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What is the liturgy?

The “Compendium of the Catechism of the Catholic Church” says: “The liturgy is the celebration of the mystery of Christ and in particular his paschal mystery. Through the exercise of the priestly office of Jesus Christ the liturgy manifests in signs and brings about the sanctification of humankind. The public worship which is due to God is offered by the Mystical Body of Christ, that is, by its head and by its members” (Q. 218).


When we speak of the liturgy, we mean not only the Eucharistic sacrifice (the Mass), but also the Liturgy of the Hours (the official public praying of the psalms, other biblical texts and readings from the church fathers) as well as the celebration of the seven sacraments. The chief “doer” of the liturgy is Christ, and we, as baptized members of his body the church, are joined to him in his eternal self-offering. Just as we are “buried therefore with him by baptism into death” (Rom 6:4), so too, when we participate in the sacred liturgy, we offer ourselves “as a living sacrifice, holy and acceptable to God, which is (our) spiritual worship” (Rom 12:1), so that “as often as you eat this bread and drink the cup, you proclaim the Lord’s death until he comes” (1 Cor 11:26).


The word “liturgy” comes from the Greek “leitourgia” meaning “a work on behalf of the people.” It is Christ, therefore, who, on our behalf, is the primary priest of the Mass; he is the one who baptizes, who confirms, who ordains, who anoints, and who continues to pray the psalms as he did on earth. Our public worship is through Christ, with Christ and in Christ. He is the “minister (leitourgos) in the sanctuary and the true tent which is set up not by man but by the Lord” (Heb 8:2). According to St. Thomas Aquinas, “The whole rite of the Christian religion is derived from Christ’s priesthood,” for in virtue of the indelible marks, or characters, we receive in baptism and confirmation, “the faithful are likened” to Christ; these characters “are nothing else than certain participations of Christ’s priesthood, flowing from Christ himself” (“Summa Theologiae,” part 3, q. 63, art. 3).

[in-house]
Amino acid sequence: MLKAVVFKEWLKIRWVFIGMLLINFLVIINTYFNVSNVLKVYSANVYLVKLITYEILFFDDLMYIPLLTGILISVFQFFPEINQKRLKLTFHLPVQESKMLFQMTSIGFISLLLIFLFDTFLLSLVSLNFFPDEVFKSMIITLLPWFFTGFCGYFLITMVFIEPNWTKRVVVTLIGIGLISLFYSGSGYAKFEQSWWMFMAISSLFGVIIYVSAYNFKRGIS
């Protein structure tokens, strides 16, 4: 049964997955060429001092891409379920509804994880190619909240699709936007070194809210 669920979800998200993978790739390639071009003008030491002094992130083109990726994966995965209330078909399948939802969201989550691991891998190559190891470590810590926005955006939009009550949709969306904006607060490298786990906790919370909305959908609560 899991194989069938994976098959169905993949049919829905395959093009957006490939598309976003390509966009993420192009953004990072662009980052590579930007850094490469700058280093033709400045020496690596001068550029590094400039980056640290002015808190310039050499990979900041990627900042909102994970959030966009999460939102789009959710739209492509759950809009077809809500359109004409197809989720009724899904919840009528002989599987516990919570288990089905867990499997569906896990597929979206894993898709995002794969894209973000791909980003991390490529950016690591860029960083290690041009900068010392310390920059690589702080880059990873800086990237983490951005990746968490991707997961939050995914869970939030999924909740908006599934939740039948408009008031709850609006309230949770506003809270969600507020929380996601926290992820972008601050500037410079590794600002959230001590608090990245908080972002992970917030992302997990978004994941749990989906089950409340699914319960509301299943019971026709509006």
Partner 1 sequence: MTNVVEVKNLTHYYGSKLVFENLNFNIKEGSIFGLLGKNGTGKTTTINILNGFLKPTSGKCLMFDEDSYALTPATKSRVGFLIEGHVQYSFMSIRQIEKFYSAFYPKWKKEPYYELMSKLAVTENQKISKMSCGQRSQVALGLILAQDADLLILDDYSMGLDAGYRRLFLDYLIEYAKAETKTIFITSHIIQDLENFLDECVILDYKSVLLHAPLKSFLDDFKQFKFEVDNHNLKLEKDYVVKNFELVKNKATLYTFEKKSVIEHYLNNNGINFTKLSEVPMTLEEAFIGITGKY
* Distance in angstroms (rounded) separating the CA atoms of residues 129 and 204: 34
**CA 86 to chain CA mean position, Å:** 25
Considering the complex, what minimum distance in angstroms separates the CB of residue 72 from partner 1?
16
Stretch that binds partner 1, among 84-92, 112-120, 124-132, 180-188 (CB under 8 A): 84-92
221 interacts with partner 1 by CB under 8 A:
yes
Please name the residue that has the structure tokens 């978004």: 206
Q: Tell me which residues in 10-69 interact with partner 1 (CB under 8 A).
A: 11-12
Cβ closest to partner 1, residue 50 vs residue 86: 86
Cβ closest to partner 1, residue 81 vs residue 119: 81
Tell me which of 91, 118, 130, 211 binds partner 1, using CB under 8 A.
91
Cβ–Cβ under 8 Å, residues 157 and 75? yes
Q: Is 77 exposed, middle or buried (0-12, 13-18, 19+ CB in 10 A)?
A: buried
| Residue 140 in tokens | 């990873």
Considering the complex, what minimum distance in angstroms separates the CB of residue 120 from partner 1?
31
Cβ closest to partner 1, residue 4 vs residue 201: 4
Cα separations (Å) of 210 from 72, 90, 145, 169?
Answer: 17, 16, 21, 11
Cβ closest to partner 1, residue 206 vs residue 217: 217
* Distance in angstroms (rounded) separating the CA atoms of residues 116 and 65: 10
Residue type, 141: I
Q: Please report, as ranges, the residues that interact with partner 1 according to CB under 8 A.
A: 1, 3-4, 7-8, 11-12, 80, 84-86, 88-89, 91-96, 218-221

In the sacred liturgy, especially the Eucharist, we enter into the kingdom made present now, into the heavenly liturgy where Christ is the “Lamb standing, as though it had been slain” (Rev 5:6). We are drawn into eternity and participate in the eternal self-offering of Christ who offered himself upon the cross. The liturgy is the victory celebration of Christ’s trampling death by death, when he bestows life to those in the tombs. The liturgy is the proclamation to all mankind of the Gospel (the good news) of his triumphal death and glorious resurrection: “I, when I am lifted up from the earth, will draw all men to myself” (Jn 12:32). Our participation in Christian worship is not merely the recollection of a past event 2,000 years ago, but the life and power and glory of God bursting into our space and time, into our very lives, to transform us into himself through the Holy Spirit. As the Second Vatican Council teaches, “The liturgy is the summit toward which the activity of the Church is directed … it is the font from which all her power flows” (“Sacrosanctum Concilium” 10).


At every Mass, when we hear the words of Jesus, “Do this is memory of me,” we are not merely remembering; rather, as Eucharistic Prayer I, the Roman Canon, prays, “We celebrate the memorial of the blessed Passion, the Resurrection from the dead, and the glorious Ascension into heaven of Christ,” and as the Divine Liturgy of St. John Chrysostom in the Byzantine tradition adds, “the second and glorious coming”— a future event present in God’s eternal now. When through sacramental signs and liturgical rites the church memorializes what Christ has done, God remembers his covenant made in the broken body and spilled blood of Christ, and the effects of Christ’s work of redemption is made present in us and for us. Our response, like that of the good thief crucified next to Jesus — “Remember me when you come into your kingdom” (Lk 23:42) — should be one of gratitude, for that is the meaning of Eucharist: “to give thanks.” As the psalmist prays: “What shall I render to the Lord for all his bounty to me? I will lift the cup of salvation and call on the name of the Lord” (Ps 116:13-14).


Wallace is an adjunct professor at Christendom Graduate School of Theology in Alexandria.


© Arlington Catholic Herald 2019